Lost in Uttar Pradesh: New and Selected Stories

Lost in Uttar Pradesh: New and Selected Stories

by Evan S. Connell
     
 

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Although he may be best known for his novels Mr. Bridge and Mrs. Bridge, or perhaps for his brilliant biography of Custer, Son of the Morning Star, Evan S. Connell is an undisputed master of the short story. His restraint, concision, and perfect pitch lend themselves beautifully to the form, and he intuitively senses when to explain and when to

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Overview

Although he may be best known for his novels Mr. Bridge and Mrs. Bridge, or perhaps for his brilliant biography of Custer, Son of the Morning Star, Evan S. Connell is an undisputed master of the short story. His restraint, concision, and perfect pitch lend themselves beautifully to the form, and he intuitively senses when to explain and when to let silence stand in speech’s stead. Lost in Uttar Pradesh collects new work by Connell along with some of his earlier masterpieces. Memorable characters like the corpulent Mr. Bemis, Katia and her lion, and a wanderer back from Spain ring true not because their stories are filled with monumental events but because they center around seemingly insignificant events that somehow remain in the mind. Through Connell’s mastery, the most trivial happening, the voice that speaks only once, resonates far beyond the final page.

Editorial Reviews

Publishers Weekly

Virtually all of these 22 stories from octogenarian Connell (Mrs. Bridge) are set in the U.S.-"an insensate, vulgar, flatulent, bloodless...nation of merchant, thugs, Protestants, and barbers"-where trapped characters fantasize of faraway lands. Its women-profiteering grifters and whores ("St. Augustine's Pigeon," "Hooker"), reactionary viragoes ("Mrs. Proctor Bemish"), an evil secretary and a despotic nanny, to name a few-are set up as straw ladies to be torched by reams of male resentment. The misogyny of Mulbach, an embittered insurance salesman who occupies some 90 pages across three stories, as well as the more subdued, exotically inclined sexism of the book's other recurrent voices (Uncle Gates and Koerner), are frequently unpalatable. But they aren't the measure of Connell's vision, which includes inspired depictions among the bile (in particular of Mulbach's young son, Otto, and of a horrifying WWII scene in Guadalcanal). But Connell is also no Céline, whose effulgent prose could transcend his venomous obsessions, and the book ends up trapped in its characters' own unpleasantness. (July)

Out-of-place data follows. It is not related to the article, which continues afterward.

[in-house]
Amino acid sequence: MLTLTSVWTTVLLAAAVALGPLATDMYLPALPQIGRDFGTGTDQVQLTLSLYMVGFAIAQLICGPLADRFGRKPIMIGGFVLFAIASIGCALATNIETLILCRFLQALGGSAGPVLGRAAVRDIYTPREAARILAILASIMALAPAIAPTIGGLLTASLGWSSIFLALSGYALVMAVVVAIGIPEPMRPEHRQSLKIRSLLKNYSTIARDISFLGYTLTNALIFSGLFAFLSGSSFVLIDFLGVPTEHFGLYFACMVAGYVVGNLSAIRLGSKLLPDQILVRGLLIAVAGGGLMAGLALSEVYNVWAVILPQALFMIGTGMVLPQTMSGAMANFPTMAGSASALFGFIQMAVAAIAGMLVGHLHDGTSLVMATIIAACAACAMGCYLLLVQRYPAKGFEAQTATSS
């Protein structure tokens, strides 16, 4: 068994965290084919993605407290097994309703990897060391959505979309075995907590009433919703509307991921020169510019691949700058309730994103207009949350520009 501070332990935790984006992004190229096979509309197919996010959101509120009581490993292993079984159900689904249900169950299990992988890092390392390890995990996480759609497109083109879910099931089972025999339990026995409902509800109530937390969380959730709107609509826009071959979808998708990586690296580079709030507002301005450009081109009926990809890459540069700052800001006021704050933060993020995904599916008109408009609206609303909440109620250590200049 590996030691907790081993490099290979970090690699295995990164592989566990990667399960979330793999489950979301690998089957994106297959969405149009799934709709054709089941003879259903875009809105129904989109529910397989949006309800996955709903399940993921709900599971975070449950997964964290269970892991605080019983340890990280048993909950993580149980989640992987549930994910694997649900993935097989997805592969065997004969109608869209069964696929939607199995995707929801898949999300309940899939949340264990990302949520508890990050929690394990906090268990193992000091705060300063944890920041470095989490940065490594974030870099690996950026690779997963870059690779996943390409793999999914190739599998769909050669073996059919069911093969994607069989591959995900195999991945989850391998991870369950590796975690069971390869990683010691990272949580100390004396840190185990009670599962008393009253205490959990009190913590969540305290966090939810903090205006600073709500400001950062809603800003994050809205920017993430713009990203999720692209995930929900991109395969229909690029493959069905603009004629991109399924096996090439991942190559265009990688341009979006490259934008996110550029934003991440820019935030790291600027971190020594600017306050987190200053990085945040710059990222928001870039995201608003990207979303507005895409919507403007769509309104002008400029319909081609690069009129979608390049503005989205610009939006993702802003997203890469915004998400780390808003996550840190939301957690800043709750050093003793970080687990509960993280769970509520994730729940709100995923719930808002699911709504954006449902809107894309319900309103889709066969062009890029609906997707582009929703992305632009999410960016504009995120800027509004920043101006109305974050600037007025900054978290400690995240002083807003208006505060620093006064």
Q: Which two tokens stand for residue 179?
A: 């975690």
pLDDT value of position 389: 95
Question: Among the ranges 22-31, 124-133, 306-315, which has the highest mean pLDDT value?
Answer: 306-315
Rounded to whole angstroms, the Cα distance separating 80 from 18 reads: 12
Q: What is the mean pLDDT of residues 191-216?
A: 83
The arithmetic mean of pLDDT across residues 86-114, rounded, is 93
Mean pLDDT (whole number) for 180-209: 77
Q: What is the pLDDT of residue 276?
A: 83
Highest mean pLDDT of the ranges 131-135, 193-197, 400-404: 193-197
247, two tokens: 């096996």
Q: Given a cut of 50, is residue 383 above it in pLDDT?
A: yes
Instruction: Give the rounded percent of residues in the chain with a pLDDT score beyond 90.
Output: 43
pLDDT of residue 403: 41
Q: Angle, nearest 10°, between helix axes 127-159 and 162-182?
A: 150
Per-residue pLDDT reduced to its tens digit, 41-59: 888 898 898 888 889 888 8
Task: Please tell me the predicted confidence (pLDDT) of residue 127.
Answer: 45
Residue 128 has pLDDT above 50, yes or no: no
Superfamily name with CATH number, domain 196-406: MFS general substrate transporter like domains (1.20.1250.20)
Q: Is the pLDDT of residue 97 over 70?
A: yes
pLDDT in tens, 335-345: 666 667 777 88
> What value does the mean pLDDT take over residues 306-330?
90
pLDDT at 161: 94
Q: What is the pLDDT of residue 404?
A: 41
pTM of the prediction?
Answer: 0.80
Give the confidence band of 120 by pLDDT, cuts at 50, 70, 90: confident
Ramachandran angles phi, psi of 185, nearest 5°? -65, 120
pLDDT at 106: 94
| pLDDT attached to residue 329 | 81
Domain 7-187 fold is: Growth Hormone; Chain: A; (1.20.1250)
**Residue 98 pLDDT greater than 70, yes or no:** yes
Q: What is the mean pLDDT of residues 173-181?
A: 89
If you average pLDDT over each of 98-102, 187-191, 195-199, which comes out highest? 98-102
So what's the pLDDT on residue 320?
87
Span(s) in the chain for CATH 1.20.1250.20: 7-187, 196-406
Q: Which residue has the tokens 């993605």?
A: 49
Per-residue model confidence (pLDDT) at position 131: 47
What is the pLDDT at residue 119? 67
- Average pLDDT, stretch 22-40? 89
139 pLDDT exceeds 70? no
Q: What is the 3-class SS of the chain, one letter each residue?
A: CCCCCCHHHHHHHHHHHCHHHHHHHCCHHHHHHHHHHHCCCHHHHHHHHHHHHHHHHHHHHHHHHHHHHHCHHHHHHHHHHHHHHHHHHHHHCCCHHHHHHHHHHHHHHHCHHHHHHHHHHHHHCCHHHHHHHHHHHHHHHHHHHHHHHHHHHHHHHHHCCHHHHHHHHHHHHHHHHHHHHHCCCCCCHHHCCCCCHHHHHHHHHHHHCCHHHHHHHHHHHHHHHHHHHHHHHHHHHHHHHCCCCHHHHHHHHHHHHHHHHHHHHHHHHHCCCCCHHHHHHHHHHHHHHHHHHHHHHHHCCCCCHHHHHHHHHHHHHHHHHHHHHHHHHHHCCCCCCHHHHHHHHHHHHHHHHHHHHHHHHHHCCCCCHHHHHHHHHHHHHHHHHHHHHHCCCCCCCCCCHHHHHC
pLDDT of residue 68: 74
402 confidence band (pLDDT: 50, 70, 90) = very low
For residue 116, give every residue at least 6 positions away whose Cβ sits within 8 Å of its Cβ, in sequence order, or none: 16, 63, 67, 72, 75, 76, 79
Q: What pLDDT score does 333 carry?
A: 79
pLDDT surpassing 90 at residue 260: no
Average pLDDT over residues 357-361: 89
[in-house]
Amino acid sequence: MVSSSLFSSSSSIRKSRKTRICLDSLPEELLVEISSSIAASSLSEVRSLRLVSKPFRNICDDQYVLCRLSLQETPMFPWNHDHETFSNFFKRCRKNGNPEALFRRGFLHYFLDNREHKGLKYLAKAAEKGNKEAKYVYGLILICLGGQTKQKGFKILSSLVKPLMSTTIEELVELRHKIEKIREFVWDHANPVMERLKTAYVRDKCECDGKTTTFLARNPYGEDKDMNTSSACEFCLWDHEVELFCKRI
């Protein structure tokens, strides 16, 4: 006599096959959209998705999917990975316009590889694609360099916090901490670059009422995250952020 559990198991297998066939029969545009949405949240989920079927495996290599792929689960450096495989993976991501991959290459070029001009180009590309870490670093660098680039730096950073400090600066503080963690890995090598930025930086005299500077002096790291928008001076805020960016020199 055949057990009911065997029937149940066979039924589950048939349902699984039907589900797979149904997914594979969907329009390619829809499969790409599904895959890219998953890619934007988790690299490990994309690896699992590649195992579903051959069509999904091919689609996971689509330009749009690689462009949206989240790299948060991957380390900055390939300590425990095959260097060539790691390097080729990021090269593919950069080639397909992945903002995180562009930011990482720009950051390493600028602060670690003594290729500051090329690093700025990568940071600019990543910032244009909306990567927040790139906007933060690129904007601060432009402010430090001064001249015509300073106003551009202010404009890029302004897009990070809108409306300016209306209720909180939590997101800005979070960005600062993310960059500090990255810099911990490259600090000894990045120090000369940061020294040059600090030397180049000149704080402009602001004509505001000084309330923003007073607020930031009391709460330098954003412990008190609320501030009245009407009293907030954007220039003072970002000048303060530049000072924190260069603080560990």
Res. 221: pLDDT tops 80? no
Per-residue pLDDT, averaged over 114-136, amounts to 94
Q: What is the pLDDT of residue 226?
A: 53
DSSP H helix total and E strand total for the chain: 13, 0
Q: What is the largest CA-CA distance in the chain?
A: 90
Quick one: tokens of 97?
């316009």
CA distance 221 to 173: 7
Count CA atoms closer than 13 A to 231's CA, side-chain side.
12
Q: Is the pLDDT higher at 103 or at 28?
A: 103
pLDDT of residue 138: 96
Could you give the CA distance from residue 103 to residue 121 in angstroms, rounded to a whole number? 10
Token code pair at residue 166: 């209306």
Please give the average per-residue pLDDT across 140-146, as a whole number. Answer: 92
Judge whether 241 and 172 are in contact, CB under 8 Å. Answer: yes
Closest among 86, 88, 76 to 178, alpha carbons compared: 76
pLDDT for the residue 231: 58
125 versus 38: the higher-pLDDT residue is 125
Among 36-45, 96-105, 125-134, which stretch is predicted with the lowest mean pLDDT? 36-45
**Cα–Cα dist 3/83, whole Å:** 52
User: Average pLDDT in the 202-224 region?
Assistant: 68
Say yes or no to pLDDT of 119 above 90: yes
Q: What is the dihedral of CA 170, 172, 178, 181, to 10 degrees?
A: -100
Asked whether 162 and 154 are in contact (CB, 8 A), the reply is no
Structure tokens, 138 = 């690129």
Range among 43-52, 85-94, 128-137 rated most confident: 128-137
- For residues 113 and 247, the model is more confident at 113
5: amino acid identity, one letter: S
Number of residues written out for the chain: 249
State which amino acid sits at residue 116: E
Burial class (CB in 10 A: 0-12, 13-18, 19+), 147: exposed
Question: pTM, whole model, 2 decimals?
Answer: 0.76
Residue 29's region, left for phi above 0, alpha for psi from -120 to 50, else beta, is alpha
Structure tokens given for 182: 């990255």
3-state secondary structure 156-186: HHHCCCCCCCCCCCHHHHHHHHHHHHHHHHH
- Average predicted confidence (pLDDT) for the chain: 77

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Kirkus Reviews
A rich variety of settings, themes and characters distinguishes this collection from Connell (Deus Lo Volt!, 2000, etc.). Several recurring characters function as authorial surrogates and analytical observers. Restless loner William Koerner, for example, appears as a former "john" who solicits conflicting stories about an unstable prostitute he cannot forget ("Hooker"); a dutiful nephew becomes inspired and baffled by his elderly uncle's extravagant tales of foreign travels ("Nan Madol"); and an indignant liberal is appalled by his country's political naivete ("The Cuban Missile Crisis"). A reserved insurance executive known only as Muhlbach (also a prominent figure in Connell's longer fiction) is the dysfunctional paterfamilias of an icy tragicomic family in "Arcturus," which is inspired-as Connell's "Preface" acknowledges-by Thomas Mann's story "Disorder and Early Sorrow." In "St. Augustine's Pigeon," the determined protagonist reinvents himself as a sexual being after his wife's death had rendered him celibate for many years. The complacent suburbanite of Connell's novel Mrs. Bridge is reborn, intriguingly, in the paired figures of a retired stockbroker (in "Proctor Bemis"), who laments his once-great country's descent into mediocrity and dishonesty, and Bemis's still resolutely conservative spouse (in "Mrs. Proctor Bemis"). Among other highlights: a ruthlessly concise allegorical narrative (the Hemingway-like morality tale "Lion"); a chilling image of peril at sea ("Yellow Raft"); and a viciously entertaining depiction of middle-class spiritual crisis ("Noah's Ark"). Connell combines the master fiction writer's skills (brisk characterization, supple stylistic precision) with those ofa compulsive traveler, ruminative antiquarian and borderline-eccentric obsessive.

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Product Details

ISBN-13:
9781582434834
Publisher:
Counterpoint Press
Publication date:
07/01/2009
Edition description:
Reprint
Pages:
304
Sales rank:
972,934
Product dimensions:
5.10(w) x 7.80(h) x 1.10(d)

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